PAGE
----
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Five ways science can lead a just transition in agri-food systems
Sunday, 2024/06/09 | 07:21:12

CGIAR June 2 2024

 

All of us involved in agri-food systems are grappling with a difficult task: to ramp up global food supplies while reducing greenhouse gas emissions.

 

It is no secret that last year was the hottest on record, with temperatures exceeding 1.5 degrees Celsius over a 12-month period for the first time. We are precariously close to breaching temperature levels outlined in the Paris Agreement.

 

While our food systems are responsible for one-third of greenhouse gas emissions, there is no way to build a more resilient world if it gets hotter. At the same time, tackling emissions cannot come at the cost of increased global hunger.

 

Science is a critical component to tackling this conundrum, but social measures and funding also have to be in place to achieve the joint goal of ramping up food supplies to tackle global hunger without also ramping up emissions. Here are five ways this goal can be achieved.

 

Funding for more food; less emissions 

 

Resilience to climate change and emission reduction go hand in hand: we cannot become resilient without reducing emissions. Decades of science have already resulted in reduced emissions in agriculture, from improved management to reduced forest clearance for farms and pasture – a major source of greenhouse gas emissions – to conserving important forests.

 

Artificial Intelligence and digital tools are now being deployed to speed up breeding and fast-track new crops that can beat heat and resist drought. But genetic gain and new crops are only one piece of the puzzle in tackling climate change.

 

While technologies do exist to lower emission, they often have a yield penalty. Farmers may be reluctant to adopt these if their production and incomes are negatively affected. Funding innovations to reduce yield penalties and emissions together must be increased.

 

Within this context, food systems transformation receives very little funding, with a global funding gap of $350 billion annually. At COP28, CGIAR launched its investment case, seeking $4 billion in funding, and so far having received $890 million in pledges. Some penalties may be inevitable – making the role of social safety nets even more critical.

 

Support for social safety nets

 

Farmers are among the most exposed to climate risks and direct losses in food and income. Research has already pointed out that climate change will make manual outdoor work by farm laborers more dangerous in many regions due to heat exposure.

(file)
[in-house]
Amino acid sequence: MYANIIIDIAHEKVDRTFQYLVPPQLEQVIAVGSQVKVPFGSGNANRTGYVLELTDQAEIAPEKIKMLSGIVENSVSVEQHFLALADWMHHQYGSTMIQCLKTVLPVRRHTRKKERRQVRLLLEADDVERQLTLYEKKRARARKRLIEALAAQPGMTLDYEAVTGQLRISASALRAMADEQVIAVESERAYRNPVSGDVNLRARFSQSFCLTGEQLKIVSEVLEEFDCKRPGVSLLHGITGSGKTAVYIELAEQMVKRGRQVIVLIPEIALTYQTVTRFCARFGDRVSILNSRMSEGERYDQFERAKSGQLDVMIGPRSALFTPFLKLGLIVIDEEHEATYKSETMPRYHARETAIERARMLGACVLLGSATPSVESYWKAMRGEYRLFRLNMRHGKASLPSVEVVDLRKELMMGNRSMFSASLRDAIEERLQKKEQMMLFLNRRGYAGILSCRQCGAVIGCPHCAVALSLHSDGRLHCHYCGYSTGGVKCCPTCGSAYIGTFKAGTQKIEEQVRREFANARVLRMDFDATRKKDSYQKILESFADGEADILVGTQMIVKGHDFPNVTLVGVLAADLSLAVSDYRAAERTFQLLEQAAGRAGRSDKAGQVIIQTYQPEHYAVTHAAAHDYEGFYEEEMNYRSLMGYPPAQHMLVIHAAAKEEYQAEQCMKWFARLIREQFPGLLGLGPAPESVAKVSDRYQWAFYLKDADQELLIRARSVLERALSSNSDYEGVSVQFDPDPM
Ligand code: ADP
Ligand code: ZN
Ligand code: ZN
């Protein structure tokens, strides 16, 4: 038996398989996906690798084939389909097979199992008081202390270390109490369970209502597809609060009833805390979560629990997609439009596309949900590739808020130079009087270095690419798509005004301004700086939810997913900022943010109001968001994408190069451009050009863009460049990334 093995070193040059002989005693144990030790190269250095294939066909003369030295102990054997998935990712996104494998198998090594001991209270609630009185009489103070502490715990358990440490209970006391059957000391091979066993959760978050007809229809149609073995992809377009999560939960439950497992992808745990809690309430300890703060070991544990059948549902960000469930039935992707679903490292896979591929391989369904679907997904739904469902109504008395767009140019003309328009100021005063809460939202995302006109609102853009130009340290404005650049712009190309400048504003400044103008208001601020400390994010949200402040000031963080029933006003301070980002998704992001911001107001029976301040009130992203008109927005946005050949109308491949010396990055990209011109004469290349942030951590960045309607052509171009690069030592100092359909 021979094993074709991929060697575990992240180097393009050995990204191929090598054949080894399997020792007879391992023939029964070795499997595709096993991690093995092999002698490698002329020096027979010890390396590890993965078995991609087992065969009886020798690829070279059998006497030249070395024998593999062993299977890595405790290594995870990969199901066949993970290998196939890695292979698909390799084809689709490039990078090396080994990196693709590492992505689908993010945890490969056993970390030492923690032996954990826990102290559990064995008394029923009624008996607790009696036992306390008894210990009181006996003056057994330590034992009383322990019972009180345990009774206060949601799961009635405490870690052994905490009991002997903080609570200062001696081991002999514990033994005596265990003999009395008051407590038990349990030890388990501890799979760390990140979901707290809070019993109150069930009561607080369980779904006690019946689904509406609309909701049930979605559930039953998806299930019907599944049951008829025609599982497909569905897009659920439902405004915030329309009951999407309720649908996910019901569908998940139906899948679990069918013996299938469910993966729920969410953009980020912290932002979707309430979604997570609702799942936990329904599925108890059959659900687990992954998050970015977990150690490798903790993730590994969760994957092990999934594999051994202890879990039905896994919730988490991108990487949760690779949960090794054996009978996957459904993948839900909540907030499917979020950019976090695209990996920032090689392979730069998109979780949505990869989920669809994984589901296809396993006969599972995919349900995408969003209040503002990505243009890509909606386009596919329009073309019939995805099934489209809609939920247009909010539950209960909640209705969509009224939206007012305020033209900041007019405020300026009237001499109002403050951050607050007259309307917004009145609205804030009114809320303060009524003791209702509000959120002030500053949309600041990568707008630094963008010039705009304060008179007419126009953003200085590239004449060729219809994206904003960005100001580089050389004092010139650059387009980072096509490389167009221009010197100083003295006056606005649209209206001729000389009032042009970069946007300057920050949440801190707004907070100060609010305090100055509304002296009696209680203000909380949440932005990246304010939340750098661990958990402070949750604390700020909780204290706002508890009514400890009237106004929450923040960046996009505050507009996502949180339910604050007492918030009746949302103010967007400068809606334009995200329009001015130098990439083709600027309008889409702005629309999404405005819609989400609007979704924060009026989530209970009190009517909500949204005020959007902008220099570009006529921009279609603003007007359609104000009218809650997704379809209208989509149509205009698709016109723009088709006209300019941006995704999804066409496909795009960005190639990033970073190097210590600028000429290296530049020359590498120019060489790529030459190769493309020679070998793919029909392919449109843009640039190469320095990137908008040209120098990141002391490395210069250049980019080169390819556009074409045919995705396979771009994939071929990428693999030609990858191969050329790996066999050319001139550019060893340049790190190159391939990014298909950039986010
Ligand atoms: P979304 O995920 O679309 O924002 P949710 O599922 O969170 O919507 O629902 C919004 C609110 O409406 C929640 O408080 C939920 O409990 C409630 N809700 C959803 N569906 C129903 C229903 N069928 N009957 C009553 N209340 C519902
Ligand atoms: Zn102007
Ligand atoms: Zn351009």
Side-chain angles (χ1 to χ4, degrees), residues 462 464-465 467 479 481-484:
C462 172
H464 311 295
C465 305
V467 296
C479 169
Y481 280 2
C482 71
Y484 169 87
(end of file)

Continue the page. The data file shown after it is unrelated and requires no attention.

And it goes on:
Even if we deploy all the best technology and policies at our disposal, access to nutritious, affordable food for all will take time. As we transition to more sustainable food production, we have a responsibility to invest in social protection to support the most vulnerable.

 

When farmers shift to low-emission technologies or natural farming, it is critical that they receive support for any losses they may incur. For example, in South Asia’s predominantly cereal-based farming systems threatened by unsustainable groundwater withdrawal, combining social protection programs such as poverty-targeted cash transfers can support pregnant women; or provide emergency cash support for refugees and returning migrants to diversify from rice to vegetables.

 

Scalable solutions that are integrated and local

 

Science must support what countries are already doing to meet the Sustainable Development Goals and meet the demand to match national targets. Building more resilient agri-food systems requires that solutions to complex challenges are integrated at a regional and national level, supporting existing commitments.

 

Through CGIAR, scientists are already working in collaboration with partners across the global south to find solutions to specific challenges. But better integration at national and local levels is key to meet specific food system challenges and address long-term change in food systems.

 

Reducing environmental trade-offs 

 

Historically, CGIAR has focused its science on boosting food productivity. Now, researchers are also working on innovations which equally protect the environment and soils, reducing emission in agriculture and cutting food waste.

 

For example, in East Africa, the CGIAR is supporting farmers in Zimbabwe facing higher temperatures and drought to grow drought tolerant, orange maize. The maize has high nutritional value and also the seeds are better adapted to heat stress.

 

Reduced consumption 

 

We cannot fix sustainable production challenges without fixing over-consumption. But not everyone needs to take the same actions.

 

According to the Food and Agriculture Organization, meat consumption in sub-Saharan Africa will be 12.9 kilograms per person by 2028. By comparison, meat consumption in the United States is expected to rise above 100 kilograms per person – the highest in the world.

 

Reducing meat consumption in the USA will be important to reduce over-consumption of resources; while making livestock production in sub-Saharan Africa more efficient will support sustainable goals.

 

All of us are in the same storm when it comes to the climate crisis. But some of us are in a luxury cruise ship, and others are in dinghies. In the global south, farmers are confined to the equivalent of flimsy boats floating in the storm.

 

While ramping up food supplies may fall to farmers, reducing emissions is the responsibility of all of us, requiring increased investment from the global north through Loss and Damage funds and campaigns that raise awareness of food waste and overconsumption in general.

 

See https://www.cgiar.org/news-events/news/five-ways-science-can-lead-a-just-transition-in-agri-food-systems/

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